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More differentiation problems

  1. Aug 30, 2005 #1
    1. If [itex]x = \cos \theta[/itex] and [itex]y = \cos \theta + \sin \theta[/itex], [itex]\frac{dy}{dx}[/itex] is? (Answer: [itex]1 - \cot \theta[/itex])

    I'm just not seeing this question... any help appreciated.

    2. [itex]y = \ln(\sec 2x + \tan 2x)[/itex] (Answer = [itex]2\sec 2x[/itex])

    I get to [tex]\frac{1}{(2\sec x\tan x) + (2\sec^2 x)}[/tex] but it doesn't seem that I'm on the right track compared to the answers I have.
    Last edited: Aug 30, 2005
  2. jcsd
  3. Aug 30, 2005 #2


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    1) If [itex]x = \cos \theta[/itex] then [itex]dx = - \sin \theta[/itex], right?
    Now compute [itex]dy[/itex] as well and do the division :wink:

    2) What do you have to do here? Just compute [itex]dy[/itex] or [itex]dy/dx[/itex] again with the x from 1?
  4. Aug 30, 2005 #3
    Thanks I got 1 now! As for 2, it's a seperate question. I just need to differentiate with respect to x.
  5. Aug 30, 2005 #4
    For your second one, you need to remember that [tex]\frac{d(\ln{x})}{dx}=\frac{1}{x}*dx[/tex] Just remember to use the chain rule and you should get the right answer.
  6. Aug 30, 2005 #5


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    For the derivative of an ln of a function, you can use the following (follows from the chain rule)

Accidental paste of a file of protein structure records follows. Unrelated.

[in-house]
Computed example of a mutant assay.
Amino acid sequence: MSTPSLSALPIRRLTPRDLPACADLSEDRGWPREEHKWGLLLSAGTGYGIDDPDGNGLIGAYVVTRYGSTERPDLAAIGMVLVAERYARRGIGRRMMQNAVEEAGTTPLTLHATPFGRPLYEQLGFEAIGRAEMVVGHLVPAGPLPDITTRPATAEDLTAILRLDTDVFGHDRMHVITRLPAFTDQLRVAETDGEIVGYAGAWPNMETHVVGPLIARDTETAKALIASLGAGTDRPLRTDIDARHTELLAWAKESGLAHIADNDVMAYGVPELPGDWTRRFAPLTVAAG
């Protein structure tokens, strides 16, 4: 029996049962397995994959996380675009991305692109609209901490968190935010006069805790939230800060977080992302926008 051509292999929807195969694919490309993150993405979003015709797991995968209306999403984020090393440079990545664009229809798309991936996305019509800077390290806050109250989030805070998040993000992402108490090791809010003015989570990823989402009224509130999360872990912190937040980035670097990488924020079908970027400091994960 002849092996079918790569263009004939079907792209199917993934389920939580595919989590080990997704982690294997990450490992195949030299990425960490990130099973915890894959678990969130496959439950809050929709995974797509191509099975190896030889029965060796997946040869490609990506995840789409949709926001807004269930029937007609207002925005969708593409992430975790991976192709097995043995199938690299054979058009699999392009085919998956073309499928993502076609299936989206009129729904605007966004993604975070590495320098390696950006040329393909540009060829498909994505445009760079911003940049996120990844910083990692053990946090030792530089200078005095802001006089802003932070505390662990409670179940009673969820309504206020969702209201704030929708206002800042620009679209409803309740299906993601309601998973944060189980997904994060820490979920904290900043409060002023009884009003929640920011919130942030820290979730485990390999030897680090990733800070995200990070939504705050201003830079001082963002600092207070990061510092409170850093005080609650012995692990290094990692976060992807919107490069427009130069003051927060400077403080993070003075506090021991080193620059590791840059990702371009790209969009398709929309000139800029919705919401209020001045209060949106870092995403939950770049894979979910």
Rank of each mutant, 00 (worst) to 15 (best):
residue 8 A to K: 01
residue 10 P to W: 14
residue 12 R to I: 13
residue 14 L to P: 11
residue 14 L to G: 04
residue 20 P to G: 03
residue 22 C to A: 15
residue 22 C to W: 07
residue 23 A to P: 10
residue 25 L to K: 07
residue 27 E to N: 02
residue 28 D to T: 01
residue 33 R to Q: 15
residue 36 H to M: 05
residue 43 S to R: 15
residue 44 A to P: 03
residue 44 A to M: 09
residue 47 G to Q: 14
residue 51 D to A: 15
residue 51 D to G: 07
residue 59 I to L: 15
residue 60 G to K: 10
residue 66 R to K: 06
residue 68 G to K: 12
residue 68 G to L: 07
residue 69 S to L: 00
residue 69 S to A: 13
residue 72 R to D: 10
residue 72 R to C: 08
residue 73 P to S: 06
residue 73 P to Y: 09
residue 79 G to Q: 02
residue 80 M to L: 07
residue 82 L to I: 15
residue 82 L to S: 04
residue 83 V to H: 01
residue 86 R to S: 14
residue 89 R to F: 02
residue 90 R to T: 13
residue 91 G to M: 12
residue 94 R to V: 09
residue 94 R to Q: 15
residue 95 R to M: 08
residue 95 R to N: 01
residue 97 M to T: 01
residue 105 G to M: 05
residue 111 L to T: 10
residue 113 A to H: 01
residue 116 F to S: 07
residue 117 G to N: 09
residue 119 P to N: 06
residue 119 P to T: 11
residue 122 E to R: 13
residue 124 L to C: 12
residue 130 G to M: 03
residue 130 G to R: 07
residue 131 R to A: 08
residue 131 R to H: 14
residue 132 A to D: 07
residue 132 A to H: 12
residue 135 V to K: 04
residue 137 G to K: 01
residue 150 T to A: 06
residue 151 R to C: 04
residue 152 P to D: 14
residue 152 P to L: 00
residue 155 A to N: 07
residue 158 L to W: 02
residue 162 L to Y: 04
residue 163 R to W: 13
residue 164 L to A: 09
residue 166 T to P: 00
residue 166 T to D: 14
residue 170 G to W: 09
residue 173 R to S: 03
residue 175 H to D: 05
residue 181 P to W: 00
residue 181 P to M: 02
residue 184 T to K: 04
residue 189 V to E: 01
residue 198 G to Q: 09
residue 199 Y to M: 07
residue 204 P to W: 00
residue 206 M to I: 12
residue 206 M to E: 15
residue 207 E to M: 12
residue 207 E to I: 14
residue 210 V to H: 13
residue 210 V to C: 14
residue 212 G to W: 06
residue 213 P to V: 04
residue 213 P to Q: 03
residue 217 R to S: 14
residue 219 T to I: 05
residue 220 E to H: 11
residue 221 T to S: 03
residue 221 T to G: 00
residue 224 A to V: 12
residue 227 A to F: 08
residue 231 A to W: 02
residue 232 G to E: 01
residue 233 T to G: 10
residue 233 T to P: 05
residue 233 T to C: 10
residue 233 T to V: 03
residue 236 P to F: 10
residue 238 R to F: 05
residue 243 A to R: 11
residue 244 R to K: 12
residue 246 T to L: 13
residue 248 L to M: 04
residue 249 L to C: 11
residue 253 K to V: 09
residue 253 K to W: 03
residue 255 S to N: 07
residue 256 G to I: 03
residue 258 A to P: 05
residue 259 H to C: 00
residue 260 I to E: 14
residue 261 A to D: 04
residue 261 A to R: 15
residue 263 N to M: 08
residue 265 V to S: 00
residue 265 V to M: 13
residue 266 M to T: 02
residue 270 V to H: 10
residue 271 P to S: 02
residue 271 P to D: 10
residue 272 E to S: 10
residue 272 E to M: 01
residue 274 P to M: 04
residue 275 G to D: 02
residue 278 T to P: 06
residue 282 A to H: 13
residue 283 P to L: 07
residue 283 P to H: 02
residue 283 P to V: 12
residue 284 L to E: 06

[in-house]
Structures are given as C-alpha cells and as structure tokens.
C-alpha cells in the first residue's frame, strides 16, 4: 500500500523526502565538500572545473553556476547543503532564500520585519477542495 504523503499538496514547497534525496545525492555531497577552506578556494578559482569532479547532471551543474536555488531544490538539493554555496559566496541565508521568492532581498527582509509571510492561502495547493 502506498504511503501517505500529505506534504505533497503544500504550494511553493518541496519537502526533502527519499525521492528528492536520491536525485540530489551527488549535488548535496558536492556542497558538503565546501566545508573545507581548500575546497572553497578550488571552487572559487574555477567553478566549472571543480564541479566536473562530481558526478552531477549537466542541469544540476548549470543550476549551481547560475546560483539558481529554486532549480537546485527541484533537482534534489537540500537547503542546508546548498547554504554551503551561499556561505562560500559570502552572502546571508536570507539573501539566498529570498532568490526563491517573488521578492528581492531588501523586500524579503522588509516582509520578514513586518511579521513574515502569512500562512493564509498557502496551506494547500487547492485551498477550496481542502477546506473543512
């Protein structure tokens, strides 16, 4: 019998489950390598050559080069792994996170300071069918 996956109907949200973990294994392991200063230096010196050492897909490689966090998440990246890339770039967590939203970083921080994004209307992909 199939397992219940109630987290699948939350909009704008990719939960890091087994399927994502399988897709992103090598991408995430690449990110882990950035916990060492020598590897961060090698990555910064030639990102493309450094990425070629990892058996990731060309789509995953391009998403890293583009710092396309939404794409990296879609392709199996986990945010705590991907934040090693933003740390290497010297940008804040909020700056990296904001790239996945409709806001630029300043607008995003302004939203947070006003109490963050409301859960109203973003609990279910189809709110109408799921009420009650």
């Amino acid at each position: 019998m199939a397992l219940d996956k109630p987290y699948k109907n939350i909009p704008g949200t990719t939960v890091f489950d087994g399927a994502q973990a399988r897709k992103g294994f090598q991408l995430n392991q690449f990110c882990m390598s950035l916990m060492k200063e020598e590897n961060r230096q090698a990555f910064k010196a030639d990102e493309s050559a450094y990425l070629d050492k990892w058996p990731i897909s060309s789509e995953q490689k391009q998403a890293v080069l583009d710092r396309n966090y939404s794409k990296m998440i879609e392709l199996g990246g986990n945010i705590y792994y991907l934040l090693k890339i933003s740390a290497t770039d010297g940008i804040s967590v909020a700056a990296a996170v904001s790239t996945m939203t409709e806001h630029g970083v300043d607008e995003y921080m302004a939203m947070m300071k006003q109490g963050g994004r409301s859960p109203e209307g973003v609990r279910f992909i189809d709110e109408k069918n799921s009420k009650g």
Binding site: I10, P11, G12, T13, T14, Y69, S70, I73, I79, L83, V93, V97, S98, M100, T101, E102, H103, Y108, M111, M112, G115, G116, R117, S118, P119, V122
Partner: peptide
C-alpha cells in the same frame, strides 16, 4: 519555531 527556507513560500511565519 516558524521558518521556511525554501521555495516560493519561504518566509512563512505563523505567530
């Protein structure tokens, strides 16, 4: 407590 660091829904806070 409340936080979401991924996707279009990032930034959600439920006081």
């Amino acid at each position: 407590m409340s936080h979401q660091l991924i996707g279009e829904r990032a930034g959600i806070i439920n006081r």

[tex]\left(\ln \left( {f\left( x \right)} \right)\right)^\prime = \frac{{f'\left( x \right)}}
    {{f\left( x \right)}}[/tex]
  7. Aug 30, 2005 #6
    OK, so I should get [tex]\frac{(2 \sec 2x \tan 2x) + (2 \sec^2 2x)}{(\sec 2x + \tan 2x)}[/tex] but I still can't get it to [itex]2 \sec 2x[/tex], my algebra is failing me! :blushing:
    Last edited: Aug 30, 2005
  8. Aug 30, 2005 #7


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    For the derivative

    [tex]\left( {\sec \left( {2x} \right) + \tan \left( {2x} \right)} \right)^\prime = \frac{{2\sin \left( {2x} \right)}}{{\cos ^2 \left( {2x} \right)}} + \frac{2}{{\cos ^2 \left( {2x} \right)}} = \frac{{2\sin \left( {2x} \right) + 2}}{{\cos ^2 \left( {2x} \right)}}[/tex]

    Then it's just putting everything into sines and cosines

    [tex]\frac{{\frac{{2\sin \left( {2x} \right) + 2}}{{\cos ^2 \left( {2x} \right)}}}}{{\sec \left( {2x} \right) + \tan \left( {2x} \right)}} = \frac{{\frac{{2\sin \left( {2x} \right) + 2}}{{\cos ^2 \left( {2x} \right)}}}}{{\frac{1}{{\cos \left( {2x} \right)}} + \frac{{\sin \left( {2x} \right)}}{{\cos \left( {2x} \right)}}}} = \frac{{\frac{{2\left( {1 + \sin \left( {2x} \right)} \right)}}{{\cos ^2 \left( {2x} \right)}}}}{{\frac{{1 + \sin \left( {2x} \right)}}{{\cos \left( {2x} \right)}}}} = \frac{2}{{\cos \left( {2x} \right)}} = 2\sec \left( {2x} \right)[/tex]
  9. Aug 30, 2005 #8
    Wow, I never would have figured it out thinking the way I was. Thank you for being patient with me :smile:
  10. Aug 30, 2005 #9


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    No problem.

    Normally I'd have tried to guide you more through it but I hope my previous posts is clear enough and that you actually understand what happened.

    Since you try to simpplify, it is easier to lose the tangent and secans and switch all over to sines and cosines. Then it's purely algebra, simplifying the expression.
  11. Aug 30, 2005 #10


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    take out [itex]2 \sec 2x[/tex] as a factor from the numerator. The other bits will cancel.
  12. Aug 30, 2005 #11
    Ah, I never thought of that either. Thanks.
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